An airline captain has won a tribunal against his employer, after being sanctioned for refusing to fly while it was acknowledged he was severely fatigued.
Captain Mike Simkins was suspended for six months and threatened with dismissal by Thomas Cook after he refused to fly a Boeing 767 carrying more than 200 passengers.
He made the decision not to fly after working three early starts in a row, including an 18-hour day and what would have been a 19-hour day to follow, the tribunal heard. After being suspended, Simkins raised a grievance against his employer, which resulted in the tribunal case.
Fatigue monitoring software owned by Thomas Cook showed that if Simkins had flown the scheduled flight, he would have experienced a predicted performance loss equivalent to being four times over the legal alcohol limit for flying.
Thomas Cook maintained there was no point at which Simkins was asked to fly while fatigued, and said the tribunal was the result of a disagreement with management. The tribunal passed a unanimous verdict in Simkins’ favour and ordered the airline to lift its suspension.
The employer said in a statement that it had “robust processes to ensure all the legal limits on flying time are met”. It apologised to Simkins for the “hurt and distress” caused by the case.
Experts backed the tribunal’s ruling. “Not only is it reasonable to refuse to fly when fatigued, it is absolutely necessary,” said Dr Rob Hunter, head of flight safety at the British Airline Pilots Association.
“In fact, the law states that a pilot must not operate when fatigued, or is likely to become fatigued. Captain Simkins should have been praised by Thomas Cook for reporting his fatigued state as required by law, not disciplined.
“Fatigue is a major threat to flight safety and a good, open safety culture is vital in ensuring that pilots and other staff members feel able to report fatigue and not put lives at stake.”
The ruling coincides with the release of a landmark study suggesting that more than 4,000 commercial flights on any given day are being flown by pilots who have experienced suicidal thoughts.
The international survey of almost 3,500 pilots carried out by Harvard University found that 4.1 per cent had contemplated suicide at least once in the previous fortnight. More than 12 per cent of surveyed pilots met the criteria for depression.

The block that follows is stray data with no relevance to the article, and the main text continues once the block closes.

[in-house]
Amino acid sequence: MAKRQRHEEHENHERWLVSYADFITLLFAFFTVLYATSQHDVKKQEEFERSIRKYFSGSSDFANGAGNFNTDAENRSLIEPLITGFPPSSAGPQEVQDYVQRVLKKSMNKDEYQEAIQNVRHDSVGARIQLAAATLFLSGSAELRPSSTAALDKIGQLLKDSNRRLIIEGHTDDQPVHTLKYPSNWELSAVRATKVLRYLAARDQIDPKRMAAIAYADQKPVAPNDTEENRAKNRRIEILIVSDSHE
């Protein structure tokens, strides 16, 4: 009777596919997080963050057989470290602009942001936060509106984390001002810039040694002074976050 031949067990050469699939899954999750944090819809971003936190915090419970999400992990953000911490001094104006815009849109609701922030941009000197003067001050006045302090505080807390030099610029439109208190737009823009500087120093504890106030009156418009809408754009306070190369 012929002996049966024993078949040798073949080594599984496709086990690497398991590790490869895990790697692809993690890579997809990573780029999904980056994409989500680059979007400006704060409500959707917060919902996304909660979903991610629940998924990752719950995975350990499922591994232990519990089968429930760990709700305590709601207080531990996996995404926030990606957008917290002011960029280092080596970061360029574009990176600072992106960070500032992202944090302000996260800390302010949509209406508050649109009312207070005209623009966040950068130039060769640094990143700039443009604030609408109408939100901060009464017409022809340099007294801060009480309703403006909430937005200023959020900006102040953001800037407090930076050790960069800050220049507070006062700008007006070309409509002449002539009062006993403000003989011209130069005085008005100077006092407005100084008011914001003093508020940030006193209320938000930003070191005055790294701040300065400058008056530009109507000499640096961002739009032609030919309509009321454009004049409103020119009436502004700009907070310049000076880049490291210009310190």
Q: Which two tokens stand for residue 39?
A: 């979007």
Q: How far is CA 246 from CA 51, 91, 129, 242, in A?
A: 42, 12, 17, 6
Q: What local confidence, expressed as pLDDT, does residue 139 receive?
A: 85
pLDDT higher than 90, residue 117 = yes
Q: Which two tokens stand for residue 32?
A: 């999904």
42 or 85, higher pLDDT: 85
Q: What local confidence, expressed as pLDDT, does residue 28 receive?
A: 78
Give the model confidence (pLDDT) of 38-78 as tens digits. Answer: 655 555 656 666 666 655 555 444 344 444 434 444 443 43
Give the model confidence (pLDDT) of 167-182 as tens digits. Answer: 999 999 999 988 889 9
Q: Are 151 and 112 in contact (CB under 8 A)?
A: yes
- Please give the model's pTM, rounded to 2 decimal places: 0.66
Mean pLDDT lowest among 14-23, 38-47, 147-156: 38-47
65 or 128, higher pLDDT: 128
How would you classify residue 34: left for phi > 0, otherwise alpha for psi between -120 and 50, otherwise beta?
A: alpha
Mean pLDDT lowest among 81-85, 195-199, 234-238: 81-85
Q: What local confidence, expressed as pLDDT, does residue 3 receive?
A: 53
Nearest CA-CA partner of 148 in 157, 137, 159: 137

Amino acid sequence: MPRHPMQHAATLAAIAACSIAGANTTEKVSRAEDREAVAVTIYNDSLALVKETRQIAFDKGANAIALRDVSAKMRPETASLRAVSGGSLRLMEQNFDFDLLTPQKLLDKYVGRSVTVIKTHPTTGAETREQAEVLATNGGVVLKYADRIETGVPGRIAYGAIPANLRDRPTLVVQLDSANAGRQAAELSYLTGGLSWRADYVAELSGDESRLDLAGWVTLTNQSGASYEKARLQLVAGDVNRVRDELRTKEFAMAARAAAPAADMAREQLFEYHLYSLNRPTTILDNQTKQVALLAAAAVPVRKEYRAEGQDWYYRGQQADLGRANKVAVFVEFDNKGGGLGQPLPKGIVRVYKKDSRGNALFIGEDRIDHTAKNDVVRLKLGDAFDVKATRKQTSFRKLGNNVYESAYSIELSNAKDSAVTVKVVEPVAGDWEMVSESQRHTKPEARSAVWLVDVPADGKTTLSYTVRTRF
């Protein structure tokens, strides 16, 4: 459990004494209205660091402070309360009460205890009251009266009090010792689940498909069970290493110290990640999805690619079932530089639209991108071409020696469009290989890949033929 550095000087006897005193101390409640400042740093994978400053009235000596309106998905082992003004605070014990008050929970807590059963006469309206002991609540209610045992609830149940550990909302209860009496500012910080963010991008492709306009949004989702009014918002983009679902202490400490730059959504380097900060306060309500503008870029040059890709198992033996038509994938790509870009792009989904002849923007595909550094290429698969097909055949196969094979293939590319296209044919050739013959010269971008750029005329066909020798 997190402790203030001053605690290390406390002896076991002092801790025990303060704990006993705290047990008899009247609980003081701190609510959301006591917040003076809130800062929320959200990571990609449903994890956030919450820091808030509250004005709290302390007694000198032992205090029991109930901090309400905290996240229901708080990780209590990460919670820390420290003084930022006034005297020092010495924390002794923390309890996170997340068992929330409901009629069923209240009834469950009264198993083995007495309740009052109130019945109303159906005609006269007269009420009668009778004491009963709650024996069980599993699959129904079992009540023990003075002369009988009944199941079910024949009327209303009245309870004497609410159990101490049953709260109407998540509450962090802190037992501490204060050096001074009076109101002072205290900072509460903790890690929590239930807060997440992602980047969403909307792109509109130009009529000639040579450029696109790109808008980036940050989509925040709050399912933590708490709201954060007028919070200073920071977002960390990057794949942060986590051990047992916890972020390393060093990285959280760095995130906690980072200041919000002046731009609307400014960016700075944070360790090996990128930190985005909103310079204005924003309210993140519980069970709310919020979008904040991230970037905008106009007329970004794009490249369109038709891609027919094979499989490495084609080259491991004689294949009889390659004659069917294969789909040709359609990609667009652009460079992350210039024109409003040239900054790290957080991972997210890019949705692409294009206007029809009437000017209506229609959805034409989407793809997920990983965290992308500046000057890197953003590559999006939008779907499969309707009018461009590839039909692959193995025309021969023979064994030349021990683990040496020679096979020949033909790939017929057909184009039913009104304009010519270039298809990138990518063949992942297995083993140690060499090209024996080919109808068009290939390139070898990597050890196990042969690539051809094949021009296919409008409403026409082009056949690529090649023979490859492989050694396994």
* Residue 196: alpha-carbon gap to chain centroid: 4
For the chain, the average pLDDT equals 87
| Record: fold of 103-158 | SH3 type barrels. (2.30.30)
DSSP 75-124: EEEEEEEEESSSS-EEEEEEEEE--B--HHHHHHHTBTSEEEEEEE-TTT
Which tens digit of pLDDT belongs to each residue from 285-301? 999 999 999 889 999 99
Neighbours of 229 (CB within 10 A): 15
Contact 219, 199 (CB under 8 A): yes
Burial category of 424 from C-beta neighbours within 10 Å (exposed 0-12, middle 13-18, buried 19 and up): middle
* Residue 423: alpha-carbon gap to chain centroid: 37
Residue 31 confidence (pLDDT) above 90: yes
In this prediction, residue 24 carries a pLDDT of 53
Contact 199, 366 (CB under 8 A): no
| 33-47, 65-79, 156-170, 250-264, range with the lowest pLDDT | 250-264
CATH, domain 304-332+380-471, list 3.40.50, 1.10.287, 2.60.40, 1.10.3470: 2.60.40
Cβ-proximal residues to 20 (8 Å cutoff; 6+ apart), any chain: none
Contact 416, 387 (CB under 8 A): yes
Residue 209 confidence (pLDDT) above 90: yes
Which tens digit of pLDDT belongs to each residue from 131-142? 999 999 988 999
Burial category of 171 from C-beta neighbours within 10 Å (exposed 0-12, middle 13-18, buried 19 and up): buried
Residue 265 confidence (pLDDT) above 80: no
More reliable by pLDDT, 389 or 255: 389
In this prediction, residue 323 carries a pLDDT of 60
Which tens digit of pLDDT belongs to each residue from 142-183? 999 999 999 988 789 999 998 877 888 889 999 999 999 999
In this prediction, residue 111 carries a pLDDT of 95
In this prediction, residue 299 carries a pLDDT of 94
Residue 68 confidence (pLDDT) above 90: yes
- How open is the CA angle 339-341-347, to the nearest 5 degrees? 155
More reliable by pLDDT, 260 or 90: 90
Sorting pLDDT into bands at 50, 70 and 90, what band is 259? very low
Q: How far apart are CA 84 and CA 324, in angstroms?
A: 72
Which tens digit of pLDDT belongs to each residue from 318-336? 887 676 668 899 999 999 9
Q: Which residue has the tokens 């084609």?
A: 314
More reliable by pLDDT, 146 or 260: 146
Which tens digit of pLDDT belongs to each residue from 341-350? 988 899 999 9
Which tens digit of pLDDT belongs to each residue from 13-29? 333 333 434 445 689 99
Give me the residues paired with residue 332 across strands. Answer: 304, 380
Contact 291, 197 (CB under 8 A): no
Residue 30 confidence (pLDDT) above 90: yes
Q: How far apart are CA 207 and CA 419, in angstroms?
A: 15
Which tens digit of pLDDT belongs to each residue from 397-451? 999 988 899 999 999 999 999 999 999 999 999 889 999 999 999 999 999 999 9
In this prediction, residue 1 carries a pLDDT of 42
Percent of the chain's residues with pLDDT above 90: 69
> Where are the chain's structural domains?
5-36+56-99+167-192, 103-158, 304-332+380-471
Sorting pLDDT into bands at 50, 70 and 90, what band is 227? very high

While pilots diagnosed with acute depression are automatically deemed unfit to fly, experts suggest the implementation of a screening process would be pointless, as any diagnosis would rely on the pilots being honest about their mental ill-health. More than 1,000 of the pilots who participated in the anonymous survey refused to answer questions relating to their mental health.
“We found that many pilots currently flying are managing depressive symptoms, and it may be that they are not seeking treatment because of the fear of negative career impacts,” said lead researcher Professor Joseph Allen.
Almost 60 per cent of pilots in a separate survey from the London School of Economics earlier this year said they or their colleagues were often fatigued. Half thought their employers did not take the issue sufficiently seriously.
Meanwhile, fatigue has also been named as a factor in a forthcoming strike by more than 2,000 British Airways staff.
Unite’s regional officer, Matt Smith, said cabin crew were “at breaking point” over a basic salary of £12,000 that has left some workers sleeping in their cars between shifts or moonlighting in other jobs to get by.
“Mixed fleet crew earn just over the minimum wage and below the national average. Significant numbers of crew are taking on second jobs, and many go to work unfit to fly because they can’t afford to be sick,” he said.
“Inexperience, fatigue and the fact that BA recently cut the length of crew training courses means Unite is genuinely concerned about the potential repercussions.” The airline said it was “disappointed” by the action and said new rates would increase pay by up to 7 per cent among those affected.
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